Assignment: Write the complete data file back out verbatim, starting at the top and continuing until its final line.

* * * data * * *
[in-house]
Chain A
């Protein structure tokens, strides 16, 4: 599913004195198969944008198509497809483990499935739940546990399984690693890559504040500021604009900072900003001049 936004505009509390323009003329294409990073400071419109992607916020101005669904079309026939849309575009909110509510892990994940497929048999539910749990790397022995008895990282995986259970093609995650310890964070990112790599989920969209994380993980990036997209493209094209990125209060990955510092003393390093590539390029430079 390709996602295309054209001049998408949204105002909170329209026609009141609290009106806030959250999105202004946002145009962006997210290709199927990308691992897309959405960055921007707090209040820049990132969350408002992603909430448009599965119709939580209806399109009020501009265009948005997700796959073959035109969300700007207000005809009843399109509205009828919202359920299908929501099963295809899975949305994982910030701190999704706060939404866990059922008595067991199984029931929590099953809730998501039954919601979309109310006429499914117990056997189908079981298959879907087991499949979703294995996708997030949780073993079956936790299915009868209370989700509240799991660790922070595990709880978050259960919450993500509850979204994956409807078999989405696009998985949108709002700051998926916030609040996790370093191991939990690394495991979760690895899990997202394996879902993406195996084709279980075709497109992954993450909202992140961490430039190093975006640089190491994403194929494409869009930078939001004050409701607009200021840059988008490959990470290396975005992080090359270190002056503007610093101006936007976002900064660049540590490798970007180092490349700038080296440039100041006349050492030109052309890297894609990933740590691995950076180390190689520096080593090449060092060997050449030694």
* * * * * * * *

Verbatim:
[in-house]
Chain A
């Protein structure tokens, strides 16, 4: 599913004195198969944008198509497809483990499935739940546990399984690693890559504040500021604009900072900003001049 936004505009509390323009003329294409990073400071419109992607916020101005669904079309026939849309575009909110509510892990994940497929048999539910749990790397022995008895990282995986259970093609995650310890964070990112790599989920969209994380993980990036997209493209094209990125209060990955510092003393390093590539390029430079 390709996602295309054209001049998408949204105002909170329209026609009141609290009106806030959250999105202004946002145009962006997210290709199927990308691992897309959405960055921007707090209040820049990132969350408002992603909430448009599965119709939580209806399109009020501009265009948005997700796959073959035109969300700007207000005809009843399109509205009828919202359920299908929501099963295809899975949305994982910030701190999704706060939404866990059922008595067991199984029931929590099953809730998501039954919601979309109310006429499914117990056997189908079981298959879907087991499949979703294995996708997030949780073993079956936790299915009868209370989700509240799991660790922070595990709880978050259960919450993500509850979204994956409807078999989405696009998985949108709002700051998926916030609040996790370093191991939990690394495991979760690895899990997202394996879902993406195996084709279980075709497109992954993450909202992140961490430039190093975006640089190491994403194929494409869009930078939001004050409701607009200021840059988008490959990470290396975005992080090359270190002056503007610093101006936007976002900064660049540590490798970007180092490349700038080296440039100041006349050492030109052309890297894609990933740590691995950076180390190689520096080593090449060092060997050449030694």